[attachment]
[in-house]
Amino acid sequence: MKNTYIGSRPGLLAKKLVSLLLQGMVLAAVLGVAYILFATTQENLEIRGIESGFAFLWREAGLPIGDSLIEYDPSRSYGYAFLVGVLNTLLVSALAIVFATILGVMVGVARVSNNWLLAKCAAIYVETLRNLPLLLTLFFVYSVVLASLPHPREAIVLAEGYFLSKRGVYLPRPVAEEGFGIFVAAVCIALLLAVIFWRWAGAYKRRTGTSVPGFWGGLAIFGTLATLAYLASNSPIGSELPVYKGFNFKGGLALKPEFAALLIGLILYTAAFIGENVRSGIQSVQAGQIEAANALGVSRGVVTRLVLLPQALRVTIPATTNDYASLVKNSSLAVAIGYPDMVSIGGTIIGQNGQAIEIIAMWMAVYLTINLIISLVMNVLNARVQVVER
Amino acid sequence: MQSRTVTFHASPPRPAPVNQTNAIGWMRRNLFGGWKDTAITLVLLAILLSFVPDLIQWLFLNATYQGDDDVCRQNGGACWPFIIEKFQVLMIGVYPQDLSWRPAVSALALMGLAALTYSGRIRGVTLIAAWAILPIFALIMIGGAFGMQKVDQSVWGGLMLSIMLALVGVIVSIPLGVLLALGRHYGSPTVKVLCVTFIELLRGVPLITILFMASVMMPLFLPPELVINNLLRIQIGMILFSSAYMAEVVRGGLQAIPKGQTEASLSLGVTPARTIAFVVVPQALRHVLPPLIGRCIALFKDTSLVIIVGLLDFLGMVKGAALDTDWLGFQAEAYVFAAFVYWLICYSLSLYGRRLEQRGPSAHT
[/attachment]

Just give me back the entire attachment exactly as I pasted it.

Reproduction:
[in-house]
Amino acid sequence: MKNTYIGSRPGLLAKKLVSLLLQGMVLAAVLGVAYILFATTQENLEIRGIESGFAFLWREAGLPIGDSLIEYDPSRSYGYAFLVGVLNTLLVSALAIVFATILGVMVGVARVSNNWLLAKCAAIYVETLRNLPLLLTLFFVYSVVLASLPHPREAIVLAEGYFLSKRGVYLPRPVAEEGFGIFVAAVCIALLLAVIFWRWAGAYKRRTGTSVPGFWGGLAIFGTLATLAYLASNSPIGSELPVYKGFNFKGGLALKPEFAALLIGLILYTAAFIGENVRSGIQSVQAGQIEAANALGVSRGVVTRLVLLPQALRVTIPATTNDYASLVKNSSLAVAIGYPDMVSIGGTIIGQNGQAIEIIAMWMAVYLTINLIISLVMNVLNARVQVVER
Amino acid sequence: MQSRTVTFHASPPRPAPVNQTNAIGWMRRNLFGGWKDTAITLVLLAILLSFVPDLIQWLFLNATYQGDDDVCRQNGGACWPFIIEKFQVLMIGVYPQDLSWRPAVSALALMGLAALTYSGRIRGVTLIAAWAILPIFALIMIGGAFGMQKVDQSVWGGLMLSIMLALVGVIVSIPLGVLLALGRHYGSPTVKVLCVTFIELLRGVPLITILFMASVMMPLFLPPELVINNLLRIQIGMILFSSAYMAEVVRGGLQAIPKGQTEASLSLGVTPARTIAFVVVPQALRHVLPPLIGRCIALFKDTSLVIIVGLLDFLGMVKGAALDTDWLGFQAEAYVFAAFVYWLICYSLSLYGRRLEQRGPSAHT